Shree Ayyappa Seva Sangham, Powai, Mumbai celebrated Vaishakha Mahotsavam at the Shree Ayyappa Vishnu Temple from April 26-May 24, 2009. The month-long festival was commenced with the Vishnu Sahasranamam Yajna daily in the evening and was concluded with a Samooha Archana followed by Annadanam (mass feeding).
The recitation of the thousand names of the Lord Vishnu is considered as an act of devotion by the worshippers.
Lord Vishnu is the most celebrated and popular Hindu God. In Mahabharat, Lord Vishnu is often identified with the supreme spirit and hence regarded as the most exalted deity. It is stated in the Puranas that whenever a great disorder, physical or moral disturbed the world, Lord Vishnu descended on the earth to set it right, to restore the land and thus preserve creation.
In Hinduism, the incarnation (avatar) of a deity in human or animal form is to counteract some particular evil in the world. The avatar which is descent of God into any form postulates the ultimate victory and supremacy of the divine over the undivine forces. In Bhagavad Gita, Bhagwan Sri Krishna assures: “Whenever righteousness declines and unrighteous-ness gains ascendancy, I issue forth. I am born from age to age for the protection of the good and the extermination of the evil and evil doers and for the re-establishment of the Law of Righteousness in the world.”
The ten avatars of Lord Vishnu have been referred to in Padmapurana (72nd Chapter-Uttarakhandam), Mahabharat (149th Chapter-Anusasana Parvam) and the Rig Veda. These avatars are: Matsya (Fish), Kurma (Tortoise), Varaha (Wild Boar), Narasimha (Half Man-Half Lion), Vamana (Dwarf), Parasurama (Ram with Axe), Sri Ram, Sri Krishna (Divine Cowherd), Lord Buddha and Kalki (White Horse). However, the Bhagavad Purana refers to 22 avatars of Lord Vishnu including Prithu, Dhanwantiri, Kapila et al. Though there are several avatars of Lord Vishnu, those with a scientific bent of mind can see a system unfolding through these representative manifestations of the omnipresent Supreme Reality.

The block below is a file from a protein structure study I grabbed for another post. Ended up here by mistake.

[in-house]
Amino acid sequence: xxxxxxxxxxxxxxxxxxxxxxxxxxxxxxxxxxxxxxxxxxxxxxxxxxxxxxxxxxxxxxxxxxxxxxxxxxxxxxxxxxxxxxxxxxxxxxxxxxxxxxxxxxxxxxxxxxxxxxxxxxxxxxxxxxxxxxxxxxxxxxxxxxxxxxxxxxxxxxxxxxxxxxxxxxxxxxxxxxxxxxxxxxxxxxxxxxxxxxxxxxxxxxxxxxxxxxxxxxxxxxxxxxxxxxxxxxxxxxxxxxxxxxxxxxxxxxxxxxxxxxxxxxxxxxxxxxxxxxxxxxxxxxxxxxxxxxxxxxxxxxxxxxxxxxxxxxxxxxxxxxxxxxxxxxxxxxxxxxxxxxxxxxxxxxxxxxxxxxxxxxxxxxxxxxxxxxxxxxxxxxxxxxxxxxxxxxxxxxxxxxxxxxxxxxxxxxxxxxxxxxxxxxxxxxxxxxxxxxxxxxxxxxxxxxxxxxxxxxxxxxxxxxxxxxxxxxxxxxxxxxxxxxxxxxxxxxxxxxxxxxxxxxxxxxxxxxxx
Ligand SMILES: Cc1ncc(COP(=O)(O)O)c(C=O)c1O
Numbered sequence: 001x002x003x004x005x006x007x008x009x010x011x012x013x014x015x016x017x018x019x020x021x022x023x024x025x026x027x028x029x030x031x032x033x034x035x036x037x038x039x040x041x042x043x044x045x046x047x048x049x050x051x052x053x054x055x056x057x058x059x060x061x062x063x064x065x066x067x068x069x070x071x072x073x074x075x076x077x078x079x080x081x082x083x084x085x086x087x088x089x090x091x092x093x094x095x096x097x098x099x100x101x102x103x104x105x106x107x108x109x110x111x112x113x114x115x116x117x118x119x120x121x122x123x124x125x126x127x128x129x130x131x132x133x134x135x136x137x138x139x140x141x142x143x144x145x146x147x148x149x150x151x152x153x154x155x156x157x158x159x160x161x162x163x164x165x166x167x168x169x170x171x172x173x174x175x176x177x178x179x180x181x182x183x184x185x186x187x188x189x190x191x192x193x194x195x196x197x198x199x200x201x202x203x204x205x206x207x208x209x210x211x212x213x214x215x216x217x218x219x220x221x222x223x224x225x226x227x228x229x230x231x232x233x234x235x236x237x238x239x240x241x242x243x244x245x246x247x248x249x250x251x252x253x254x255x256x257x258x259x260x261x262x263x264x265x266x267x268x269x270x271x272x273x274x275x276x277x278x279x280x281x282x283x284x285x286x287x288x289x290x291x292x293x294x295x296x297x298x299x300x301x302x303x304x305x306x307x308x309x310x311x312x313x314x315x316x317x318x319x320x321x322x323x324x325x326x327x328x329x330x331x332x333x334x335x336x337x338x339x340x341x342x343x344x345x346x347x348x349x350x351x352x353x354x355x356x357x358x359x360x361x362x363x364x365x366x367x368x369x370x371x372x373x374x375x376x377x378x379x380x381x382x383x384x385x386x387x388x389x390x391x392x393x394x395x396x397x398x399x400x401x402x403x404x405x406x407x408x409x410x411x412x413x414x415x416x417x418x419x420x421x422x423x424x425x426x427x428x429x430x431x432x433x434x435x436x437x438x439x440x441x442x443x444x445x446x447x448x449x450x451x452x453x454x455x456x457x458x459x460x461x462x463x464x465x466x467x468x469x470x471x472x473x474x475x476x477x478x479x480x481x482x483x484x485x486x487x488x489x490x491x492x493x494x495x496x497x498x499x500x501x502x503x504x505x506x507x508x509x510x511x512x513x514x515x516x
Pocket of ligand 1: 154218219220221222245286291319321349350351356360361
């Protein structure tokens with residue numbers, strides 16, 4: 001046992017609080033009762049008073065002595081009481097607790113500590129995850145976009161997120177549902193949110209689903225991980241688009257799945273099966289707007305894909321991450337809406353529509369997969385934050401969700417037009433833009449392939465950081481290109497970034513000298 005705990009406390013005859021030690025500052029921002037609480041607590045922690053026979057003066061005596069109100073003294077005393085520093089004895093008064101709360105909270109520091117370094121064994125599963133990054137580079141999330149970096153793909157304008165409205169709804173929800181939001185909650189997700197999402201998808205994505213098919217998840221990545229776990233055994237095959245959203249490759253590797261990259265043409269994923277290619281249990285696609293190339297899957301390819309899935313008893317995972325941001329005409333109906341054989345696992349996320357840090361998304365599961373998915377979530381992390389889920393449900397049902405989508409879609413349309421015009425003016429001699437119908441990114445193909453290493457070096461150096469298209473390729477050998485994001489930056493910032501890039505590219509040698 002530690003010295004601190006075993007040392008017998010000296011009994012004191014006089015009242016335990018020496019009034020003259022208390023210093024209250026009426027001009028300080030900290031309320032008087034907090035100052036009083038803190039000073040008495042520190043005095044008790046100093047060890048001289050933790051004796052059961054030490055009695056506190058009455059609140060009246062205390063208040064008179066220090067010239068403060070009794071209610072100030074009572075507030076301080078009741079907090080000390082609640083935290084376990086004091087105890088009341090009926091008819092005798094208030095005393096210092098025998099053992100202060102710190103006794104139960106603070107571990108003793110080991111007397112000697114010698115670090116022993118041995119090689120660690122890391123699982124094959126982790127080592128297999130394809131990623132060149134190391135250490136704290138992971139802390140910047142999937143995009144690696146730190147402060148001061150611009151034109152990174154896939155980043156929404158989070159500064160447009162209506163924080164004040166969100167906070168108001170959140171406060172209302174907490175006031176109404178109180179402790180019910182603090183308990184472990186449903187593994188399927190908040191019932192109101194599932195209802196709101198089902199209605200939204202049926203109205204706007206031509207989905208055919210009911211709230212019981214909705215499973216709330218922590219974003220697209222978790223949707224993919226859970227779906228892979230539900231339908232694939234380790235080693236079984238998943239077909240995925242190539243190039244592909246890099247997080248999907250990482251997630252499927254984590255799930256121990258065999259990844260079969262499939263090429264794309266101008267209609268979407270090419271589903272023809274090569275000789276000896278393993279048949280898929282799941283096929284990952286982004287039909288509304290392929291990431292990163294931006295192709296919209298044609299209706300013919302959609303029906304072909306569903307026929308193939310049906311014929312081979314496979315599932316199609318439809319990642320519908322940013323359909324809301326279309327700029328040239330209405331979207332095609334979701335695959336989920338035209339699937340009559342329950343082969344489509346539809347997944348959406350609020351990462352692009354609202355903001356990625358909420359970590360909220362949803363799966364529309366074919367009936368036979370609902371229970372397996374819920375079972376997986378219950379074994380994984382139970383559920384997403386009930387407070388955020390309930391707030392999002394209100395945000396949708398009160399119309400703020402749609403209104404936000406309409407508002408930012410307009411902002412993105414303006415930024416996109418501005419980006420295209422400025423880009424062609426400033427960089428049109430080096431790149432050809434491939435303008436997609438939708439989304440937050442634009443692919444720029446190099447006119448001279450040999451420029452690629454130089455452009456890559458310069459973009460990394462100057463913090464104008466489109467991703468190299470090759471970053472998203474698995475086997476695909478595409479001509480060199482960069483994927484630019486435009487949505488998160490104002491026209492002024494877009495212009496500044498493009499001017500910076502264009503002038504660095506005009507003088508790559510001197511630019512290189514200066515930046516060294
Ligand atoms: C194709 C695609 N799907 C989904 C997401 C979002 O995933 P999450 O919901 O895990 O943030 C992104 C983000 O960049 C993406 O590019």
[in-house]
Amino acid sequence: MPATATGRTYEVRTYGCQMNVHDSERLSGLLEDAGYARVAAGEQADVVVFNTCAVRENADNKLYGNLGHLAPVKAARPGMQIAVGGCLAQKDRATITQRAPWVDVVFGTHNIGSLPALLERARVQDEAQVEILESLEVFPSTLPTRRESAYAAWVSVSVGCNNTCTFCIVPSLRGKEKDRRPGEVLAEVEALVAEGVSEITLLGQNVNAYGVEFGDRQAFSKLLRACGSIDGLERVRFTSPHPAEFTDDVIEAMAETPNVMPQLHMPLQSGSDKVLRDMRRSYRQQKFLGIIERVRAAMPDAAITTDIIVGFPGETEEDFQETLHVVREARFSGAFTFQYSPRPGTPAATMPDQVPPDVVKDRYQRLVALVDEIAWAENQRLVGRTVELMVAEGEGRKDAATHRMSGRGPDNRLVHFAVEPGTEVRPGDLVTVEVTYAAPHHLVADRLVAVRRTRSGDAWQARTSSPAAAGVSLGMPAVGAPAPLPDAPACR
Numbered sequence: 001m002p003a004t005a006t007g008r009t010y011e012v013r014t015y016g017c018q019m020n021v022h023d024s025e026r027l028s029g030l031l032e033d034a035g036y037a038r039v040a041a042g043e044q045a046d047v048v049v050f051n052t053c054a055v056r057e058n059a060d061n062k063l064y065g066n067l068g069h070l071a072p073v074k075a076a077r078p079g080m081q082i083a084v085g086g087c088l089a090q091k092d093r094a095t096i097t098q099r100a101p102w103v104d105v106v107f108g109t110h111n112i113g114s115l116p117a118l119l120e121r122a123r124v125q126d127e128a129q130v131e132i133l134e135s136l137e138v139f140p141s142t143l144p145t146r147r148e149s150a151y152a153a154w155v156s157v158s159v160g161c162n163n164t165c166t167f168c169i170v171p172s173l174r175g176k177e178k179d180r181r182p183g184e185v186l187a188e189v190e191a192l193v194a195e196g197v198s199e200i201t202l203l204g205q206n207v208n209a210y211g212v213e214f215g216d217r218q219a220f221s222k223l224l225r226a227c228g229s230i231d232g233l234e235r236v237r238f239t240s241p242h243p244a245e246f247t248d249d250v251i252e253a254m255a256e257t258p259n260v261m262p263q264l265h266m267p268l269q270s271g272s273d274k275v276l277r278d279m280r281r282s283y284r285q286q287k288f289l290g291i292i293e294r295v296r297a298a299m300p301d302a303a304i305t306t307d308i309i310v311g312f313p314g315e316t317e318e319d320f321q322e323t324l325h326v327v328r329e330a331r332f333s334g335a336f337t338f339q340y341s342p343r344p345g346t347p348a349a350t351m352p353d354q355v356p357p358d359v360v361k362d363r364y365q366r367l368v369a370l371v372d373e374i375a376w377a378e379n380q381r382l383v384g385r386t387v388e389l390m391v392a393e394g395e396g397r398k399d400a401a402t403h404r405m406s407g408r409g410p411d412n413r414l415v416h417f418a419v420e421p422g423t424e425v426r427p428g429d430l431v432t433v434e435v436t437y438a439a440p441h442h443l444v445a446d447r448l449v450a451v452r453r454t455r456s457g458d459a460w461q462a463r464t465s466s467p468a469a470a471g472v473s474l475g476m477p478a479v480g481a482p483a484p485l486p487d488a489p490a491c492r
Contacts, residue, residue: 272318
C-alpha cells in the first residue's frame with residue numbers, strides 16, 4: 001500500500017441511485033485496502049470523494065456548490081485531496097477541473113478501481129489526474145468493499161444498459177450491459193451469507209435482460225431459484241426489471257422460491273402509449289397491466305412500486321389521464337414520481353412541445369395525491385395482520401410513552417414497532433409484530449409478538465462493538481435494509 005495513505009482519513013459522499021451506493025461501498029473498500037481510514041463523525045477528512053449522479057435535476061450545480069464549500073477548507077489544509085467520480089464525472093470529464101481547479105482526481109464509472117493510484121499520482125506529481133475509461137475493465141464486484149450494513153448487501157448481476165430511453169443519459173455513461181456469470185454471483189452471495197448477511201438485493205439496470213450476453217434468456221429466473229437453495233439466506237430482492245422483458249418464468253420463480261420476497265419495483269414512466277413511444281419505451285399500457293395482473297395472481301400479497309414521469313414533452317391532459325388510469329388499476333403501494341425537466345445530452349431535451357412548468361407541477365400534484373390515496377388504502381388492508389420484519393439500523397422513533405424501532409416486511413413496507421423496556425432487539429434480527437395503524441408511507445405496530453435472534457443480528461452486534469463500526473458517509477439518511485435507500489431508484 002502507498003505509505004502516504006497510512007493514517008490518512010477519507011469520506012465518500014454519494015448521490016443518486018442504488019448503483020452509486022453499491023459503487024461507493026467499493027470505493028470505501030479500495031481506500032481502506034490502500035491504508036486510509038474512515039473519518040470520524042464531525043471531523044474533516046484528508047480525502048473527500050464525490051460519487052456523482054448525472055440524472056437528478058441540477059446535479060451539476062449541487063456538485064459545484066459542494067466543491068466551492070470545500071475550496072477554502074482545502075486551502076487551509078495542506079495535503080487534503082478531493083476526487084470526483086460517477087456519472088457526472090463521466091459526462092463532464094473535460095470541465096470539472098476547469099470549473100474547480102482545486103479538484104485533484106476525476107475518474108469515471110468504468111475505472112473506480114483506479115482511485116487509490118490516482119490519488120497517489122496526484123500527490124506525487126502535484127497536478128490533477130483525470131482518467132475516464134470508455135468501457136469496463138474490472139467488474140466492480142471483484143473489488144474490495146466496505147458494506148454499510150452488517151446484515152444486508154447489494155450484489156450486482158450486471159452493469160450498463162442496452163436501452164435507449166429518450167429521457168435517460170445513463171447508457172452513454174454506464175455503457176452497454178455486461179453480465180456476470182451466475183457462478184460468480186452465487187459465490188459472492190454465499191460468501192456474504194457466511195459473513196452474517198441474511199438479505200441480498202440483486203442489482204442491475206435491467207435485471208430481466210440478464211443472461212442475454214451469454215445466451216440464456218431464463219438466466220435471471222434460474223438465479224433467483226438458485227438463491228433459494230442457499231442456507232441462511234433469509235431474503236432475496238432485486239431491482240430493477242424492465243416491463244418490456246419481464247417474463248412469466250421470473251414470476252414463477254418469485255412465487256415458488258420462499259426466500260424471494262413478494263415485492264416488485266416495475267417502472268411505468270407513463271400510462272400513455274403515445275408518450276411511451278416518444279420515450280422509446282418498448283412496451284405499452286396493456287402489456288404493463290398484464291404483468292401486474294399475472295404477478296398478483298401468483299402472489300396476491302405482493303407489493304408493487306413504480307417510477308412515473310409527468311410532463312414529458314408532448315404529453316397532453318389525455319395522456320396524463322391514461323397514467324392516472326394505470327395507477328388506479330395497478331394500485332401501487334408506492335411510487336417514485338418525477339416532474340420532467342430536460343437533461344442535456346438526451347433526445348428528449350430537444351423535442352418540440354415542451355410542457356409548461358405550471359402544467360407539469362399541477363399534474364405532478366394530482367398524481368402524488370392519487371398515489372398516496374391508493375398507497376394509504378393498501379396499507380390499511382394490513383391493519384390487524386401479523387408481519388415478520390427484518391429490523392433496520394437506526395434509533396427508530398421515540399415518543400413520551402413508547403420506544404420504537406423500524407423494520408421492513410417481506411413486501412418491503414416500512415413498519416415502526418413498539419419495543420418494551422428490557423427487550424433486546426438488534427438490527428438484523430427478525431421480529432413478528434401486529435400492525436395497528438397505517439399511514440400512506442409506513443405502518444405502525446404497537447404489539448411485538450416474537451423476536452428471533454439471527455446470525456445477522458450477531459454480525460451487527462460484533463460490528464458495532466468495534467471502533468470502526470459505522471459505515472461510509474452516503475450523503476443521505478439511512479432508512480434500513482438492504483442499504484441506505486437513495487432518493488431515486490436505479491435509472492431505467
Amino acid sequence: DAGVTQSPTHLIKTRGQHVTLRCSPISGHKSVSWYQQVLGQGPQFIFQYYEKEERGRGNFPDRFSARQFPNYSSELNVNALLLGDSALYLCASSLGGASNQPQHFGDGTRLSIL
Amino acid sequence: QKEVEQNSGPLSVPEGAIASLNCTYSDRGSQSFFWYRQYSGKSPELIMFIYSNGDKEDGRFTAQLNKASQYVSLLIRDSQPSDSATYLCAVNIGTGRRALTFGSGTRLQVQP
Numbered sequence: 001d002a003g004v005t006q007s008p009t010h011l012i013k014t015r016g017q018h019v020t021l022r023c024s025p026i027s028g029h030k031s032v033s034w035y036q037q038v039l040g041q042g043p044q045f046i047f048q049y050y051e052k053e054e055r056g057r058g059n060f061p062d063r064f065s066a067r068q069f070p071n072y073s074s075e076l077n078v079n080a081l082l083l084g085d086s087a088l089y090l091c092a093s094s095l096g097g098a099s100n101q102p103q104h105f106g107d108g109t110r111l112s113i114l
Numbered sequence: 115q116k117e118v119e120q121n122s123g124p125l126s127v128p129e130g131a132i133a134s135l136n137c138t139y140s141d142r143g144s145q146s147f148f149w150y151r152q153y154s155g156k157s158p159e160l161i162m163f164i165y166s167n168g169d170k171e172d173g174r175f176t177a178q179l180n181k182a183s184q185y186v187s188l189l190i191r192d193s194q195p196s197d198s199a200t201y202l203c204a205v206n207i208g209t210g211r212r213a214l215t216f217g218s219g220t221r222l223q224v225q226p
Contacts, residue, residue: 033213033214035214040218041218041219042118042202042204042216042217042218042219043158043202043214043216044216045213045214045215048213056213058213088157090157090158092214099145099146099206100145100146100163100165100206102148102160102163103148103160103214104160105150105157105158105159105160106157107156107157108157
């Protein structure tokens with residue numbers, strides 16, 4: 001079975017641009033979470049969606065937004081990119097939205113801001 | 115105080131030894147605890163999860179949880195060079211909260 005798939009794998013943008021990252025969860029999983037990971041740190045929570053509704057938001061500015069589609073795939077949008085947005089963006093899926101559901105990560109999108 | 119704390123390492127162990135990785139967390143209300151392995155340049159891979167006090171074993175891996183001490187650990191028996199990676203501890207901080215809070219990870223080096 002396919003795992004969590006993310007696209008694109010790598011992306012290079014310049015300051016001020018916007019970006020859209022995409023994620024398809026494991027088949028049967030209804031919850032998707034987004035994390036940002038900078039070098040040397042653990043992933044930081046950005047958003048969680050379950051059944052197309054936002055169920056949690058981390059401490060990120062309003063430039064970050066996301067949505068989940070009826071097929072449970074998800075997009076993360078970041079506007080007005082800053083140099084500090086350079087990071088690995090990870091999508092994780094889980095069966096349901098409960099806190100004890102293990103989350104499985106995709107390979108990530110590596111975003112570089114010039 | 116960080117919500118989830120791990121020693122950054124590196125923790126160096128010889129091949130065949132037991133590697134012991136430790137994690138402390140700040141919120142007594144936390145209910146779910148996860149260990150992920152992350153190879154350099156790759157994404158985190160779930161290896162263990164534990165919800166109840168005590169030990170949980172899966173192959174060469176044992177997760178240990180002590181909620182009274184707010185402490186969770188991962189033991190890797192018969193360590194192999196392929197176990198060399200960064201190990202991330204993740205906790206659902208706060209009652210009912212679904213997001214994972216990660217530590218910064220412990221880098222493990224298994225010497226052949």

Lord Vishnu, one of the principal Hindu deities is being worshipped as the protector and preserver of the world and restorer of dharma (moral order). Lord Vishnu is a syncretic personality who combines many lesser cult figures. Temple images of Lord Vishnu depict him either sitting, often in the company of his consorts Mahalaxmi and Bhumidevi; standing holding various weapons, or reclining on the coils of the serpent Sesha; asleep on the cosmic ocean during the period between the periodic annihilation and renewal of the world.
The standing Lord Vishnu is dressed in royal garments and holds in his four hands the Sankha (Conch), Chakra (Discus), Gada (Club) and Padma (Lotus). On his chest is the curl of hair known as the ‘Srivatsa’ mark, a sign of his immortality and around his neck he wears the auspicious jewel, Kaustubha. Lord Vishnu’s mount is the bird Garuda and his heavenly abode is called Vaikunda.
Among the 1,000 names of Lord Vishnu includes Vasudeva, Narayana and Hari. Vaishakha month is considered to be auspicious and certain devotional rituals including recitation of Vishnu Sahasranamam (1,000 names of Lord Vishnu) are recommended for removing human sufferings and attaining salvation. The Vishnu Sahasranamam Yajna was conducted under the guidance of the chief priest of the temple. The Udayasthamana puja during the Vaishakha month is considered to be very auspicious.